1
$\begingroup$

It is well known that context-free languages are closed under the reversal of $L$. My answer to the question "Is the time reversal symmetry of non-deterministic computations important?" notices that this fact can be derived from the time reversal symmetry of non-deterministic computations. Hence:

This raises the question whether deterministic context-free languages are closed under the reversal of $L$, because this is the only one of the examples where the deterministic and the non-deterministic languages are not identical.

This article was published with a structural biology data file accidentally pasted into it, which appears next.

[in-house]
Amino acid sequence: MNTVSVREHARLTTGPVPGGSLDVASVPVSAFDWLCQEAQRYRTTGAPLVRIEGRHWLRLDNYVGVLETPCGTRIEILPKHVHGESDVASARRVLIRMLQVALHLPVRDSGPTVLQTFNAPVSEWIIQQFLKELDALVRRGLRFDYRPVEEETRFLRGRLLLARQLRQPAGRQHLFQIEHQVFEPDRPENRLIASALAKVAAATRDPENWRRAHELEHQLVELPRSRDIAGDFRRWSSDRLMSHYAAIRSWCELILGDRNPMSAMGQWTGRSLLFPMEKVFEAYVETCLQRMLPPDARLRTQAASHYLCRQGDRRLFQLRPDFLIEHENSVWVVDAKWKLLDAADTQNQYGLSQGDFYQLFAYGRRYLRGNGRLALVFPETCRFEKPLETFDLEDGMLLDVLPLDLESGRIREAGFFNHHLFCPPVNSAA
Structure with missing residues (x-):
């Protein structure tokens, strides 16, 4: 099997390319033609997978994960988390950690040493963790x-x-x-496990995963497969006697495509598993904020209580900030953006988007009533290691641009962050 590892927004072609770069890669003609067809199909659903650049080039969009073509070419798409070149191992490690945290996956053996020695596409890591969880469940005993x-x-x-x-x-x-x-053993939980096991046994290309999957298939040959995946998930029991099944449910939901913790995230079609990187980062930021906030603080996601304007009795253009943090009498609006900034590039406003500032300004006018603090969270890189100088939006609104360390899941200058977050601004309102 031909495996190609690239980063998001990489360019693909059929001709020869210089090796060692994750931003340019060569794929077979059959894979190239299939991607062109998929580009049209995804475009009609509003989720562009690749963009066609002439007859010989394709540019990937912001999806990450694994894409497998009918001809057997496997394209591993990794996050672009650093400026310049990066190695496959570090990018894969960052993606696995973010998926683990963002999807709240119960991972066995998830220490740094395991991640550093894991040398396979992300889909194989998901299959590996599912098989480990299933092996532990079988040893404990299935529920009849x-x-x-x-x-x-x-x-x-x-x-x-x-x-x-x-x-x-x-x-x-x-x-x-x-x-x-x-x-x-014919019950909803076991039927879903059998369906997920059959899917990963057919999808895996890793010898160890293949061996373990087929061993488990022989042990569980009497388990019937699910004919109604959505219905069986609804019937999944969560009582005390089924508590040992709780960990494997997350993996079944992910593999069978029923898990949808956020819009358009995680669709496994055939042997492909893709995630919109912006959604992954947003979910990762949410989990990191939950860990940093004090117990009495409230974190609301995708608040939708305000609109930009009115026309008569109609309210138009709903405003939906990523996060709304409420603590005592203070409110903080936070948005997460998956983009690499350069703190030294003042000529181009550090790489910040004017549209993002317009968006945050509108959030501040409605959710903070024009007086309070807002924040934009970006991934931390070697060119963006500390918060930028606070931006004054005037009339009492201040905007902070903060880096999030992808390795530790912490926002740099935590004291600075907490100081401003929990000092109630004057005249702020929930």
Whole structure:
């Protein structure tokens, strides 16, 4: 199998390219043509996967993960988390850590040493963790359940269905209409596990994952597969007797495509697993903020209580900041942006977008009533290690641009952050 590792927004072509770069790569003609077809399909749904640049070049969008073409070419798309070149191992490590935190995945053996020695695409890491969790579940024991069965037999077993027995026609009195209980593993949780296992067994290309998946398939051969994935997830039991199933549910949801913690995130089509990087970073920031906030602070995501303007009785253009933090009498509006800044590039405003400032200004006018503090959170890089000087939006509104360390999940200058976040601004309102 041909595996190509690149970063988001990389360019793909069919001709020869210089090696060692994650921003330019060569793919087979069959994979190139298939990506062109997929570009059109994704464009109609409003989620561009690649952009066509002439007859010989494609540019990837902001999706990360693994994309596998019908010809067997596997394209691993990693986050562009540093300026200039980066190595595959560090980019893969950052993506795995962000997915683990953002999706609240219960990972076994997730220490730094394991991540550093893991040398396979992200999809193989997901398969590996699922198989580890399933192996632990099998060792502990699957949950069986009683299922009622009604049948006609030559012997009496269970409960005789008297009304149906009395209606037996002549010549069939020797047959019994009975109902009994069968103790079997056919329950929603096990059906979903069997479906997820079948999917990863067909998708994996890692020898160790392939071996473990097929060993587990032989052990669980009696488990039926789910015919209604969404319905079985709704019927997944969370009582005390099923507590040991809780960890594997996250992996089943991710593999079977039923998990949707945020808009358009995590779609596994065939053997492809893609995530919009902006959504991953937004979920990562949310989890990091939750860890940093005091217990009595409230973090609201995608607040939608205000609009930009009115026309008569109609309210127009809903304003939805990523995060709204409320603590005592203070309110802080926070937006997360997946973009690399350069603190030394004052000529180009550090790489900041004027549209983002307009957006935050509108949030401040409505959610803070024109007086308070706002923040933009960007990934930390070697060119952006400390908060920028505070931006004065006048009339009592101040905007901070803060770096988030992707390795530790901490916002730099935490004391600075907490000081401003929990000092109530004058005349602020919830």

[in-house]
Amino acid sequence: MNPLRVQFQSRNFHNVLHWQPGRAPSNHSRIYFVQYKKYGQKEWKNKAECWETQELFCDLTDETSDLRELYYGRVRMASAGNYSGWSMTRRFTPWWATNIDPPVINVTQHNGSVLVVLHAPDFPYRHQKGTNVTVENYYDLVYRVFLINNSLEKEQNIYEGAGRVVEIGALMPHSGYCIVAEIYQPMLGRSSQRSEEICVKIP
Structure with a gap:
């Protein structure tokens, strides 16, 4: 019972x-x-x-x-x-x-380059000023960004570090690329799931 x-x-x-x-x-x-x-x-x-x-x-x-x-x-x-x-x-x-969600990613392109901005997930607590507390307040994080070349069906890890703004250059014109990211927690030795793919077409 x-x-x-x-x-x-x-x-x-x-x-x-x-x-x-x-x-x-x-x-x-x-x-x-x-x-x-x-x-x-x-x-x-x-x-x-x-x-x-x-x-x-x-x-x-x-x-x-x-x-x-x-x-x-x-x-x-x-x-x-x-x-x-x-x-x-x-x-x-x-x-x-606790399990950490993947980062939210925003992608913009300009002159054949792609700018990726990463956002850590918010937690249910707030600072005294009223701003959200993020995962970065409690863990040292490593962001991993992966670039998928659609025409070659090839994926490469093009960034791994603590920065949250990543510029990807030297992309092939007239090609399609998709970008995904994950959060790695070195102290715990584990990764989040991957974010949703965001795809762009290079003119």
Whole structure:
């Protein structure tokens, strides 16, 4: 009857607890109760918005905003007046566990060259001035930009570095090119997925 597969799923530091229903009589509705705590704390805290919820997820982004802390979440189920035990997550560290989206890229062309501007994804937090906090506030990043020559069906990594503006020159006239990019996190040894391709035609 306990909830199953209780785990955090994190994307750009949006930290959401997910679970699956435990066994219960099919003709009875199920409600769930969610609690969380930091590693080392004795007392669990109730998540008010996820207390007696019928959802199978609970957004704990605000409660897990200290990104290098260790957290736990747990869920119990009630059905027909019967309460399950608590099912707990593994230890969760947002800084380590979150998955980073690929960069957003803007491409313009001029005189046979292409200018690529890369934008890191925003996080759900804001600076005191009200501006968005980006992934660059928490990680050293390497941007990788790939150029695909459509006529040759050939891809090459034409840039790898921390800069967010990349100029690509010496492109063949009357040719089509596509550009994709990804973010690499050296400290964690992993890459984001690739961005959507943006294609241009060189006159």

$\endgroup$
3
  • 1
    $\begingroup$ This question has been raised before. They are not closed under reversal. The first letter can be used to distinguish two different continuations, and this "signal" is lost after reversal. $\endgroup$ Apr 10 '15 at 10:01
  • $\begingroup$ @HendrikJan I can't help to find this state of affairs very interesting! The article planetmath.org/closurepropertiesonlanguages is still not fixed, and the knowledge seems to be quite scattered. $\endgroup$ Apr 10 '15 at 10:36
  • $\begingroup$ The planetmath article you link to is then wrong on the reversal for DCFL. As I explain in the comment on an answer in the earlier question, it is not explicitly mentioned by Hofcroft and Ullman in their book, but it can be derived from the facts presented there. $\endgroup$ Apr 10 '15 at 11:17